Imagine if you will, a scene akin to something from the movie Oliver.
A young lad approaches his Dad. Hands cupping a mobile phone in front of him. His eyes are wide and pleading. He speaks, but rather than “Please sir can I have some more” in an Oliveresque type scene, it’s
“Please Dad can I have some more gems for my game”
Every word spoken perfectly, a polite tone, not too much volume and a pause for another attack on his Dad’s conscience with his wide, pleading eyes….
I take the phone from my son, in an almost ceremonial way, we’ve performed this routine so many times in the past, similar to how the Olympic torch is passed at an event to the official managing it. I, with my debit cards stored in the phone am the one who can make my lad either happy or sad in the few seconds its takes to decide to make the purchase.
I look at the price and frown. I’m pretending to consider the purchase when in reality there is no choice. My son knows this, but its an accepted part of proceedings that he pretends to wait upon the decision I’m making, a decision he knows has already gone his way. It’s around $16/£10 and in a few button presses I’m a little lighter financially and my son has scuttled off with the phone to spend in not many more seconds the purchase I’ve just made.
Does that make me a soft parent for giving into my son who has quickly learned how to tug at my heart strings in order to get what he wants?
He doesn’t try this trick with my wife and she is the enforcer of rules when it comes to how long he can play on these games before he has to do something else.
This though, is not pester power. Pester power is a perpetually looped exchange of “Dad can I have more gems” and me responding “no not today”.
I am a victim of a new technique, a technique which I’m sure is passed around by children at school as the latest agreed method to get what they want out of their parents. If the Government has documents on the currently agreed methods of teaching, children have their own documents about psychologically attacking their parents.
This probably makes me weak willed, but with a sophisticated attack like this, I have no chance.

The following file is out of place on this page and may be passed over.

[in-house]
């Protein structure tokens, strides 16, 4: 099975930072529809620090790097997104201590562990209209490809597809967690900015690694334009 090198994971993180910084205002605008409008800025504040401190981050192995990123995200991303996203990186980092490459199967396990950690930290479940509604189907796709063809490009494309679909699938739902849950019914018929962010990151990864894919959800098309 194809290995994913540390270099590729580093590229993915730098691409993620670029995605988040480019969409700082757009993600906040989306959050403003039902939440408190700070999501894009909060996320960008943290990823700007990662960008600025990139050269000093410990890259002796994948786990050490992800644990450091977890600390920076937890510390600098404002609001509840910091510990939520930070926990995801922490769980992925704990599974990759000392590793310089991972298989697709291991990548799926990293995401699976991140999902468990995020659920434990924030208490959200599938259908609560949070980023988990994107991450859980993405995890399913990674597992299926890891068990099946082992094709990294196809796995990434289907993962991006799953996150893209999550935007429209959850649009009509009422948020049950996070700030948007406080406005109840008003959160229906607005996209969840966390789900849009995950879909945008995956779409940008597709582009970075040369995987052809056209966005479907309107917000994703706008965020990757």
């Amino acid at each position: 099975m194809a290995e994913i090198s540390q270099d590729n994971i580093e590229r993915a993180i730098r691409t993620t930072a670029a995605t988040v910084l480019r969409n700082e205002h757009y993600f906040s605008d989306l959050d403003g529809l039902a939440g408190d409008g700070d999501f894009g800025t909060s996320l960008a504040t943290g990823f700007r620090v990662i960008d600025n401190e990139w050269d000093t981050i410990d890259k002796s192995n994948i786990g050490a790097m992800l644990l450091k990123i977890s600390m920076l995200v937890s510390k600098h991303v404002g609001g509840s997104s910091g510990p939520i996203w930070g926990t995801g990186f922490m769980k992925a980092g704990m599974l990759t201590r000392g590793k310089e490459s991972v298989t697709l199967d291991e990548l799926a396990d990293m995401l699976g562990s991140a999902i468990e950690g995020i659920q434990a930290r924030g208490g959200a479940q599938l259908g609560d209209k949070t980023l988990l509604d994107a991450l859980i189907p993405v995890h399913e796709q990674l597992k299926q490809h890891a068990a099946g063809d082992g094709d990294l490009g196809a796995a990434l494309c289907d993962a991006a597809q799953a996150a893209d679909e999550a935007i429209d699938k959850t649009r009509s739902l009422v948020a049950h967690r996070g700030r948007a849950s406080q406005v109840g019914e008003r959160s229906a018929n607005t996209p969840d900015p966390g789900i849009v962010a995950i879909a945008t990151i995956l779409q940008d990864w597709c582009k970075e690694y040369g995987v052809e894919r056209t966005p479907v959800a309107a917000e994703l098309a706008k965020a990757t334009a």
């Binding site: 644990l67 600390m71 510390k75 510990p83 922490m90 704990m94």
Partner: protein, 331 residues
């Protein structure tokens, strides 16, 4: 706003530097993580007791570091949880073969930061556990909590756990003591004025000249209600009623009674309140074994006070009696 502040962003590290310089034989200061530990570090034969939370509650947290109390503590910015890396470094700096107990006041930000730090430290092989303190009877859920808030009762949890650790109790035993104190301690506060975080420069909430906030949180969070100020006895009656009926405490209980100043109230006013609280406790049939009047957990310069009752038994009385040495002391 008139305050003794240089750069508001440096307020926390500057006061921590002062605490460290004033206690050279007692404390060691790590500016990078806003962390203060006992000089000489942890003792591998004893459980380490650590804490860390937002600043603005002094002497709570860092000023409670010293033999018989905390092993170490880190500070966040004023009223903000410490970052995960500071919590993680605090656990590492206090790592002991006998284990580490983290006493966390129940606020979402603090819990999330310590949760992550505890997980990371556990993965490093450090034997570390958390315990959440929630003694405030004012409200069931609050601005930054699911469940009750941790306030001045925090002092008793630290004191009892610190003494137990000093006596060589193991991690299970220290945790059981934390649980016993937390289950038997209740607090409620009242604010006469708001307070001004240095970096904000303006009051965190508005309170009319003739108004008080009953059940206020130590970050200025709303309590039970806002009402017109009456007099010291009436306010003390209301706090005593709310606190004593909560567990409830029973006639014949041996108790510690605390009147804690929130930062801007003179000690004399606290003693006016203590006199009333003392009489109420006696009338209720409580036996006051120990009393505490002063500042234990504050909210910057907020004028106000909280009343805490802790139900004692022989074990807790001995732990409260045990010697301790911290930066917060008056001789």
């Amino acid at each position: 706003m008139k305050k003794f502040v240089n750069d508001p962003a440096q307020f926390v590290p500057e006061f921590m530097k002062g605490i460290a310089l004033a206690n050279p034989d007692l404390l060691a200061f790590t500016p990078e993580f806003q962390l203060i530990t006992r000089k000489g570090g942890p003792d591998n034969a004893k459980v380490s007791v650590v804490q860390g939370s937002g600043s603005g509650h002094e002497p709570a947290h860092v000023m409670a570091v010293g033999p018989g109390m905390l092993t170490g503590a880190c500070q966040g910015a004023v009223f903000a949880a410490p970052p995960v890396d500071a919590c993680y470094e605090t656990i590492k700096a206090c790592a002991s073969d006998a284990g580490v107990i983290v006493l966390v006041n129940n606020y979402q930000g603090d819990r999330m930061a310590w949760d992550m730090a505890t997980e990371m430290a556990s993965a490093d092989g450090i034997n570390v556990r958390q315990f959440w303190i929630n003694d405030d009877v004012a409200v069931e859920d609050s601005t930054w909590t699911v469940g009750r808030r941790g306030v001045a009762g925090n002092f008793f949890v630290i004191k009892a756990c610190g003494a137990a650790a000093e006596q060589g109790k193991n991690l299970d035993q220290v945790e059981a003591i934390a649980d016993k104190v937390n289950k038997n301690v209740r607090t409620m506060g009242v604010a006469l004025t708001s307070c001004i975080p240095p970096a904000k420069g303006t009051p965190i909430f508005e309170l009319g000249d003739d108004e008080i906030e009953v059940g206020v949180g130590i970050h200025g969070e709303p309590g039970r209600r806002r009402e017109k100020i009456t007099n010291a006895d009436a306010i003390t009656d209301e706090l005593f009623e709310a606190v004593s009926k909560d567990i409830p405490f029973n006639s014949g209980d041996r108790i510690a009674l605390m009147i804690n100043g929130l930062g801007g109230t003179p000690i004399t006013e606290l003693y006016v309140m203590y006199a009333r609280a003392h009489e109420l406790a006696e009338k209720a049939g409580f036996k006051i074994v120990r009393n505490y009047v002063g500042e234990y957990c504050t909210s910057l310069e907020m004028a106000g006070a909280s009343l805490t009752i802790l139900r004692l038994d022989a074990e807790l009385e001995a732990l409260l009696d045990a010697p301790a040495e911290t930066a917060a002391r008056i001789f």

It makes me wonder how much money is made by the developers this way. How many Dad’s around the country are falling victim to the same technique? Who knows, but one thing is for sure in-app purchases have certainly been accepted by the younger generation and by the time they reach my age, I think it will be fully entrenched in society, with physical media being regarded as unnecessary and a waste of space.
We can be sure that when my lad reaches my age, internet speeds will be off the scale compared to that of today and local/cloud storage will be so huge that today will seem an unthinkable way to live.
I’m not against in-app purchases
With being involved in technology, I’m not one to resist change: transition from the BBS to the internet, running software off audiotape to cloud storage no issues at all. Even in-app purchases I’ve no problem, except for a worrying trend I’m beginning to notice. I move with the times and whilst I’m not against in-app purchases, there is a huge caveat to that.
If we look at FIFA 14 for a minute (and this is not the only title like this) I paid, I believe $67/£40 for the PS3 version. Very good game too, until you start playing one of the game modes which has additional purchases you can make.
You often hear developers say that the game is quite playable without making additional purchases and the only drawback will be that it will take you longer to reach your goals. I would dispute that in the case of FIFA 14. For the early stages of this game mode, the game plays fine, with a low difficulty setting you can have a good game, however as you progress, the game becomes exponentially more difficult to the point where in the previous game you won the match 2-0 and in this one you are losing 6-0. Computer players pass the ball with ease whilst yours merely thrash about, fall over or get red cards, the opponents goal becomes an impossible target surrounded by a seemingly impenetrable force field that would make Captain Kirk jealous.
Now some may say I just happen to be hopeless with FIFA 14 and there may be an element of truth there, but in my opinion, the jump in difficulty is just too quick and too steep to be just my lack of skill and if I put a suspicious head on for a moment, I’d say that I’ve hit the point where the developers want me to make further purchases.